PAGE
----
In 2020 we confirmed what many of us believed - that transferring live classroom experiences to virtual instructor led training wasn’t a “six of one, half-dozen of the other” situation. We proved that webinars in small doses are fine; however, day after day of back-to-back virtual training sessions is downright disengaging.
Fortunately, you still have the same great instructional content you had prior to the pandemic. That hasn’t changed. It’s just a matter of rebalancing the synchronous and asynchronous components of your curriculum to reflect a shift in priorities. While cost-savings was a key driver for pre-pandemic L&D organizations, social interaction has become the new priority for post-pandemic teams.
What our transition to working remotely has taught us is that a synchronous large-group digital learning strategy is best leveraged for bite-sized sessions with targeted agendas and Q&As. A synchronous small-group digital learning approach might be comprised of a cohort led by a facilitator.
You might start by thinking about synchronous, virtual instructor-led training and videoconferences the way you used to think about live, face-to-face training. A new strategy might exclusively leverage virtual instructor-led training and videoconferences for learning experiences that require:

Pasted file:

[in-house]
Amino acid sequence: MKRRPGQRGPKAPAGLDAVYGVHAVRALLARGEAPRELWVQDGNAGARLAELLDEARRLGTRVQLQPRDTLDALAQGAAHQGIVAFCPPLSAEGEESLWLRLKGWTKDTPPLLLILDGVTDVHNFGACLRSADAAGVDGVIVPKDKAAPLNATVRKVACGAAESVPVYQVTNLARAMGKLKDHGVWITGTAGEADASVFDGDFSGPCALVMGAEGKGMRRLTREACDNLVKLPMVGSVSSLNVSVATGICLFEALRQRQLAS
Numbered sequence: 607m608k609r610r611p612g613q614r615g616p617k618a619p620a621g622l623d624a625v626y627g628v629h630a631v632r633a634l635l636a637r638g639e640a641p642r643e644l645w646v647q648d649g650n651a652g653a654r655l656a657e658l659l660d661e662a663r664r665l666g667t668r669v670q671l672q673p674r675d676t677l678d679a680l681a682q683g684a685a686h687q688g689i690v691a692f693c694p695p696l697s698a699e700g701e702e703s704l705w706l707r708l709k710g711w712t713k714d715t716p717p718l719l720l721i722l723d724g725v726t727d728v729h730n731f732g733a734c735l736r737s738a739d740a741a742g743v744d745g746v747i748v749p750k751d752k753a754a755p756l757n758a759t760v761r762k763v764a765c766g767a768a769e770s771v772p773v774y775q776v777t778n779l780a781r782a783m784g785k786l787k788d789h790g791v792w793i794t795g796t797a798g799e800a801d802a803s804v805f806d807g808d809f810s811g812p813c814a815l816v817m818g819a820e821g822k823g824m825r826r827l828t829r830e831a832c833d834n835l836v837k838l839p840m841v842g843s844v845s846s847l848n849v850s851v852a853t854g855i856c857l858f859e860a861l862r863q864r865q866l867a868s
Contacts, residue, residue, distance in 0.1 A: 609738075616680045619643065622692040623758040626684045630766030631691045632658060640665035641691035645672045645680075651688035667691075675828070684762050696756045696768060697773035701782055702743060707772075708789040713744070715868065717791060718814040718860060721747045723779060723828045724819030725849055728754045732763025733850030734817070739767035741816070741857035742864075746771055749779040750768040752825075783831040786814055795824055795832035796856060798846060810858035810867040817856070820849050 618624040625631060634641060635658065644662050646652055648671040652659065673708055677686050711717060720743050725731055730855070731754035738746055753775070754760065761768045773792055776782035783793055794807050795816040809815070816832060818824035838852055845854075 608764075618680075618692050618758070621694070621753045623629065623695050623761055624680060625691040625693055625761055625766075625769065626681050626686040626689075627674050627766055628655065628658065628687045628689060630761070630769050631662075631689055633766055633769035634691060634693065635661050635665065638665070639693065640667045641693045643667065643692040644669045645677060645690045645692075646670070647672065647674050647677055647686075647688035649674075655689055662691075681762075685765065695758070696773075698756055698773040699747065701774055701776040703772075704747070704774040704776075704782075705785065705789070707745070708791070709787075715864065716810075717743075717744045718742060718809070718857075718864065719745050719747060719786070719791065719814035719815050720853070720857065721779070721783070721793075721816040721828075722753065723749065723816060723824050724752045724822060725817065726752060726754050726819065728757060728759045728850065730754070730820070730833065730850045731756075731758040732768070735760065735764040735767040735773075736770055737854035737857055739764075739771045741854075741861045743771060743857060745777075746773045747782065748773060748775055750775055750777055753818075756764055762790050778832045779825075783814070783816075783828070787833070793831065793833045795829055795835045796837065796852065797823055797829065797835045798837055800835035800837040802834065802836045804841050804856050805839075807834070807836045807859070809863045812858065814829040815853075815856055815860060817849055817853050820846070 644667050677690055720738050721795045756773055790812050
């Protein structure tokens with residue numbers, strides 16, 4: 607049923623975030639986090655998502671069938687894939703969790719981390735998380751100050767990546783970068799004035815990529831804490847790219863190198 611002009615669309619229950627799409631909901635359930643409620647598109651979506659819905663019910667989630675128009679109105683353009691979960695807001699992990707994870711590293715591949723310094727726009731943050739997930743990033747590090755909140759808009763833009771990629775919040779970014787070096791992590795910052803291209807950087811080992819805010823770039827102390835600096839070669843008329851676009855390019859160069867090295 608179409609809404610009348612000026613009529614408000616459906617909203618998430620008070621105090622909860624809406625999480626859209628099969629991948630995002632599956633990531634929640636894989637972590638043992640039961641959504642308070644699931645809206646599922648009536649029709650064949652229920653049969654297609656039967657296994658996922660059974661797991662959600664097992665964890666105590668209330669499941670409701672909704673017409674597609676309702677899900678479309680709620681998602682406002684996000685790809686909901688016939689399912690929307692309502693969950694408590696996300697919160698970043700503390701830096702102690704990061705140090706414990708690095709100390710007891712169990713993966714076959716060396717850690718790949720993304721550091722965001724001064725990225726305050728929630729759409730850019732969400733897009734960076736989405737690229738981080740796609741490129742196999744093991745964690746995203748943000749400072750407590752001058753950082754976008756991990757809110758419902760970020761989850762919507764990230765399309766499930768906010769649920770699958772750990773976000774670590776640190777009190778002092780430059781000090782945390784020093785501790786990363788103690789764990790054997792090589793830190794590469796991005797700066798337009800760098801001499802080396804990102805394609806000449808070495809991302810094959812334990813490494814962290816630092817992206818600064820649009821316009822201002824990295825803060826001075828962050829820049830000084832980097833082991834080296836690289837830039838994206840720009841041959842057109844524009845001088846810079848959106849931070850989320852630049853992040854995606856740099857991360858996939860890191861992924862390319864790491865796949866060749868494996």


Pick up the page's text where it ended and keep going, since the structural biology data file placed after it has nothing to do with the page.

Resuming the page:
- Building relationships
- Reading body language and facial expressions
- Providing social interaction
You can now make the case that a self-managed, asynchronous digital blended learning approach is more amenable for deeper learning. Digital blended learning means combining different sizes and modalities of synchronous and asynchronous training to create a curriculum that uniquely meets your workforce’s needs. You may reserve live synchronous training, or Zoom meetings, for learning that is optimized by a social element, like role plays, collaborative discussions, and hearing compelling stories from experts who may not have been available when the default solution was synchronous in-person live events.
You may leverage asynchronous mobile training for employees who have to learn on the go and microlearning snacks for those who have to mitigate home office distractions.